Stoke-on-Trent, UK) was used as the sintering aid. This frit has a density of 6.1 g cm−3 , comprising primarily of oxides of Pb, Si and B, and has a melting point ∼520 ◦ C.11 The glass frits were added to BST powders in proportion of 5–30 wt%. The weighed BST and glass frit powders were ball milled for 16 h in isopropanol with zirconia media. After drying, the powders were die-pressed into pellets and fired in air at temperatures from 850 to 1200 ◦ C for 2 h using a heating rate of 5 ◦ C/min. A Philip X’pert X-ray diffraction was used to characterise the crystallisation of the sintered ceramics with monochromatic Cu K␣ radiation with a step size of 0.02◦ and a speed of 1.2◦ /min. The density and shrinkage were calculated from the measured weights and dimensions. The microstructures of the BST-glass ceramics were observed using a Philips XL30 scanning electron microscopy and the samples were prepared by sectioning a thin slice using a diamond wafer. The dielectric properties were characterised using an impedance analyser (HP 4914A) with a metal-ferroelectric-metal (MFM) capacitor configuration at frequencies from 100 Hz to 10 MHz and over the temperature range from −70 to 70 ◦ C. The tuneability of the BST-glass ceramics was measured at 10 kHz with a bias electric field up to 1 kV/mm and calculated from 1 − ε(V)/ε(0), where ε(V) and ε(0) is the relative permittivity with bias V volts and without bias, respectively. 3. Results and discussion The cross-sectional SEM micrographs of BST ceramics with 5 wt% glass frit sintered at different temperatures are shown in Fig. 1. The sample sintered at 900 ◦ C (in Fig. 1(a)) shows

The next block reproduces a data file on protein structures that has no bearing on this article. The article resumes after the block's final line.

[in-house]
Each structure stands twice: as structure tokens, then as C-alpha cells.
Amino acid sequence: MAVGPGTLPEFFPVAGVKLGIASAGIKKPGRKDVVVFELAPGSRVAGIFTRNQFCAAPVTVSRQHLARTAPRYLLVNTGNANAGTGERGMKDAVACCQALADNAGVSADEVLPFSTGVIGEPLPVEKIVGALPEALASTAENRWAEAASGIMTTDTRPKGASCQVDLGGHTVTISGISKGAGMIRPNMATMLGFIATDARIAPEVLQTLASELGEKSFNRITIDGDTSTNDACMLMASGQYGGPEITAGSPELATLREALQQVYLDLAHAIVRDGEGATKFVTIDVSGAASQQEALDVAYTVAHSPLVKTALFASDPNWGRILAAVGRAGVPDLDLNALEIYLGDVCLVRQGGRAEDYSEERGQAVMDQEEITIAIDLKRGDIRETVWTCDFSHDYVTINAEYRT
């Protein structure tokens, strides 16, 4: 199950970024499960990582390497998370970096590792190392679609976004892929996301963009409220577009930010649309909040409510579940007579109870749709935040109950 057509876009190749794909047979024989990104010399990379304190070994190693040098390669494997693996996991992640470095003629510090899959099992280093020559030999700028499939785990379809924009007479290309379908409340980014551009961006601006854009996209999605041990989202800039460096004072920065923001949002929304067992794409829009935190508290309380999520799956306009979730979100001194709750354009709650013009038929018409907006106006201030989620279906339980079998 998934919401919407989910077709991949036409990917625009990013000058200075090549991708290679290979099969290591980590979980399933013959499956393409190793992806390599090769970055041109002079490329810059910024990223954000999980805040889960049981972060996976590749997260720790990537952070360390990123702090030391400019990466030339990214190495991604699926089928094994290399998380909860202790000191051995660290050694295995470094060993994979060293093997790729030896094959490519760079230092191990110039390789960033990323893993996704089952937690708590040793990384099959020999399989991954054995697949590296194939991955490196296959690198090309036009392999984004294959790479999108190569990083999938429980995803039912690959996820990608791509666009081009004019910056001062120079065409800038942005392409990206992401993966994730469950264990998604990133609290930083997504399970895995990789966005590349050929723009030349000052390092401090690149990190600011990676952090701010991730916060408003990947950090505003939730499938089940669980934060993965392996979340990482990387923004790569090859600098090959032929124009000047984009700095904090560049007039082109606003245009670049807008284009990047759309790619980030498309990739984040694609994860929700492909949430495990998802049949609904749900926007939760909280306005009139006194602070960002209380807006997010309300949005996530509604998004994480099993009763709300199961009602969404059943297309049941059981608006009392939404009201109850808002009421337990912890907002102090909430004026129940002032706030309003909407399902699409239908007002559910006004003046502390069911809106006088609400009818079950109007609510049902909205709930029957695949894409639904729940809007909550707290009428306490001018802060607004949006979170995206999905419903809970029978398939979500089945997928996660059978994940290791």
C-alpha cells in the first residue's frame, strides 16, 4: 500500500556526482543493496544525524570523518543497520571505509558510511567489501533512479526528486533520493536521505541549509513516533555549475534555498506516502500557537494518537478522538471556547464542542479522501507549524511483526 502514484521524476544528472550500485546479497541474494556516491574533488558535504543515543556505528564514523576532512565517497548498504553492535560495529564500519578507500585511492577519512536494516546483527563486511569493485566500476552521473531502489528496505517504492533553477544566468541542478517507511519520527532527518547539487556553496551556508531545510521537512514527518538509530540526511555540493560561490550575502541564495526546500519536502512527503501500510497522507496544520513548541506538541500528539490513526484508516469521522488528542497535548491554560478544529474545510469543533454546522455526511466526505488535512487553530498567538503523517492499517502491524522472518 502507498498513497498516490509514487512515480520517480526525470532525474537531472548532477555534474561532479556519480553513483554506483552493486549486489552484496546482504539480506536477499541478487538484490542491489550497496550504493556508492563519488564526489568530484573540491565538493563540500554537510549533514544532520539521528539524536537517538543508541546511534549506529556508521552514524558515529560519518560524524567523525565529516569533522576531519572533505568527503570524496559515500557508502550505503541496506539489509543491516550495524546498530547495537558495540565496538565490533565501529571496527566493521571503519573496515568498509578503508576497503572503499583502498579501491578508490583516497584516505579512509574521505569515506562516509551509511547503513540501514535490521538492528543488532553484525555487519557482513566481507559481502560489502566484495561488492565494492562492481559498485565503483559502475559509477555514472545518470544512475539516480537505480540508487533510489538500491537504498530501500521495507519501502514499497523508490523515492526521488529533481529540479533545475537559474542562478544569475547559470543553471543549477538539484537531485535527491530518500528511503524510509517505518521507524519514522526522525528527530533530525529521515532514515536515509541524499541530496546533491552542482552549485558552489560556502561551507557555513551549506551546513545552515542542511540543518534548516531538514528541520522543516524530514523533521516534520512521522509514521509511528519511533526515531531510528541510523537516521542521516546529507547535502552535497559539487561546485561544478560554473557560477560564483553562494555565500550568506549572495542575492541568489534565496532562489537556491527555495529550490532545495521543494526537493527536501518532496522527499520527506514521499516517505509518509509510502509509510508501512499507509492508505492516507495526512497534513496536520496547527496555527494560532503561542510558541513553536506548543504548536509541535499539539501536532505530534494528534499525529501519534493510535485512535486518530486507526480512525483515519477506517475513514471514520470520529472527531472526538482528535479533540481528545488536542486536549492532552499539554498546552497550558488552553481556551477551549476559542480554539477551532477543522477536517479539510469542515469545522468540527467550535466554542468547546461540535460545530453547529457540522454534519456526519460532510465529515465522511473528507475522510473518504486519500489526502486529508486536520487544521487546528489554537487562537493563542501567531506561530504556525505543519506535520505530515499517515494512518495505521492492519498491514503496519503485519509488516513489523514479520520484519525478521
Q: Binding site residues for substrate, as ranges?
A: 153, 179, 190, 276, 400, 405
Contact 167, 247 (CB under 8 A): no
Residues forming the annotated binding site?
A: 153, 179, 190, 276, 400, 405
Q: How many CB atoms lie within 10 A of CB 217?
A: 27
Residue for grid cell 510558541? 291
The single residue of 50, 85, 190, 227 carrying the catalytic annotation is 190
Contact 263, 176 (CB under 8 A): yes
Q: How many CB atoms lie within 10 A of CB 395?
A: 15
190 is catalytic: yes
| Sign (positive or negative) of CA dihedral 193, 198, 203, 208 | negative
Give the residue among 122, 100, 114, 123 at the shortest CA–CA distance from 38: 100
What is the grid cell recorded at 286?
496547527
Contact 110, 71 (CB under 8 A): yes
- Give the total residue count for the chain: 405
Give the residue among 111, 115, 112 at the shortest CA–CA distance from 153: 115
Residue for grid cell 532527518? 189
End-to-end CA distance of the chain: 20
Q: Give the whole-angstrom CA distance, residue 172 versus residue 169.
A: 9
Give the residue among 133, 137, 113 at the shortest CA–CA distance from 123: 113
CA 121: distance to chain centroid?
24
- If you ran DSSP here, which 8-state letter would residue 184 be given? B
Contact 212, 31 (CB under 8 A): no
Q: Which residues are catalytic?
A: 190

an obvious porous microstructures and the smallest grain size. Increasing the temperature by 100 ◦ C greatly promoted the densification while the grain size still remained small (Fig. 1(b)). Further increase of the sintering temperature led to much denser microstructures and considerably increased grain sizes. This indicates the glass phase can provide the liquid when the sintering temperature is above 900 ◦ C, and enhance the densification of BST at lower sintering temperatures through a liquid phase sintering mechanism. Fig. 2 shows cross-sectional SEM micrographs of BST ceramics sintered at 1100 ◦ C for 2 h with different content of glass frit. All the samples exhibit a similar microstructure at this temperature despite the large difference in the sintering aid content. The samples containing lower glass frit contents of 5 and 10 wt% exhibited slightly larger grain sizes than those of higher glass contents. No obvious glass phase can be found in these samples with even high glass content, possibly indicating a strong volatilization of PbO at this sintering temperature. The glass frit introduced as the sintering aid contains a large amount of PbO and SiO2 and very small amount of B2 O3 and TiO2 . Fig. 3 shows the X-ray diffraction patterns of the BST ceramics which contain various glass frit contents and were sintered at 1100 ◦ C for 2 h. All the samples exhibited a perovskite structure and also the formation of a secondary phase, which shows increased intensity with increasing glass content. Divya and Kumar6 reported the formation of such a secondary phase, Ba2 TiSi2 O8 , in the BST ceramics would occur when borosilicate glass content was over 5 mol% and the firing temperature was above 850 ◦ C, with which our results are consistent. It is common for the formation of Ba2 TiSi2 O8 secondary phase in